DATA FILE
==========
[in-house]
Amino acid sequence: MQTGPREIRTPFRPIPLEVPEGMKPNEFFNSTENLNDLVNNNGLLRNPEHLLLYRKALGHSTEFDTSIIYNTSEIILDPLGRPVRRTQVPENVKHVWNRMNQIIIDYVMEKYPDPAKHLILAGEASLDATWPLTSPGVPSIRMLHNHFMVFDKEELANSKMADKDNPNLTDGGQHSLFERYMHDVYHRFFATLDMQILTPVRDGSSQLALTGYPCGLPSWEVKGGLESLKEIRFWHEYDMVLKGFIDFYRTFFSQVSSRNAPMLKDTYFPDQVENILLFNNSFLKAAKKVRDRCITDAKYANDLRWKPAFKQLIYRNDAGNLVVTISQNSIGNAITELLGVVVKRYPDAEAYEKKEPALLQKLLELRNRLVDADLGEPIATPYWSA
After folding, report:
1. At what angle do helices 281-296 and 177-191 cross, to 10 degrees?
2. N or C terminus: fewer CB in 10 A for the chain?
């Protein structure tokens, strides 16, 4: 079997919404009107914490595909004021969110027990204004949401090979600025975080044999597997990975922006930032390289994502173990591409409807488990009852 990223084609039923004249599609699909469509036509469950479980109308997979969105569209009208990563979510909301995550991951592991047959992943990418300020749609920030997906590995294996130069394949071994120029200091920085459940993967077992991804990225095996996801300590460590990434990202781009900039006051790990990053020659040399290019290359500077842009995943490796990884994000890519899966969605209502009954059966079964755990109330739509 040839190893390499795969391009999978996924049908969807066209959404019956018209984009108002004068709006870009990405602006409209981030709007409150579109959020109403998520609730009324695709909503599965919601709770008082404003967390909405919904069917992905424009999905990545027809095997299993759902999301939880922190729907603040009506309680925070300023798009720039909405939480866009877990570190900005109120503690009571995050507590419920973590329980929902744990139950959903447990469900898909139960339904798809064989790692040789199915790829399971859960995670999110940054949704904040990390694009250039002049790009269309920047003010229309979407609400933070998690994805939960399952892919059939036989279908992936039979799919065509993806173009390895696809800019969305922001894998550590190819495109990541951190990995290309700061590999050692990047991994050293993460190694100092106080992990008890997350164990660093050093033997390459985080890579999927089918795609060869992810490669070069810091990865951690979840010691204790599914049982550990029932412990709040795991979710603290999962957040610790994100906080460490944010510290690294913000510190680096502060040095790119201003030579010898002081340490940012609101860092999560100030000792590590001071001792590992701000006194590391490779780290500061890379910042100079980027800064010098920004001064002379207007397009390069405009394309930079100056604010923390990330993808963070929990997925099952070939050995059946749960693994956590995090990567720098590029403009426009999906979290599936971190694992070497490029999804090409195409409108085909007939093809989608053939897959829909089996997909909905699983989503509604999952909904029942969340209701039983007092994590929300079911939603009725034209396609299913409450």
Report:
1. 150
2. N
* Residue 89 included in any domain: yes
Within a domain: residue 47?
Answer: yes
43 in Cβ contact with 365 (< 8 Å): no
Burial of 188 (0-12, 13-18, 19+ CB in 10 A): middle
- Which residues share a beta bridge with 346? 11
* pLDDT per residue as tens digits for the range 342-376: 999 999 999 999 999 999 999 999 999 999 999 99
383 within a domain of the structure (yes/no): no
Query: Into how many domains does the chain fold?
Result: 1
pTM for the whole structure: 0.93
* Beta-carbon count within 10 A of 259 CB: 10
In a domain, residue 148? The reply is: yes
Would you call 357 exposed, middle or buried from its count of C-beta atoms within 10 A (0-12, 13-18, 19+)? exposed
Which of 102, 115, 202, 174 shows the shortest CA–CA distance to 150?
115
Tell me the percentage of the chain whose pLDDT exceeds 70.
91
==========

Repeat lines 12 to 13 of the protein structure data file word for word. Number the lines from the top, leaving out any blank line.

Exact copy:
Answer: yes
43 in Cβ contact with 365 (< 8 Å): no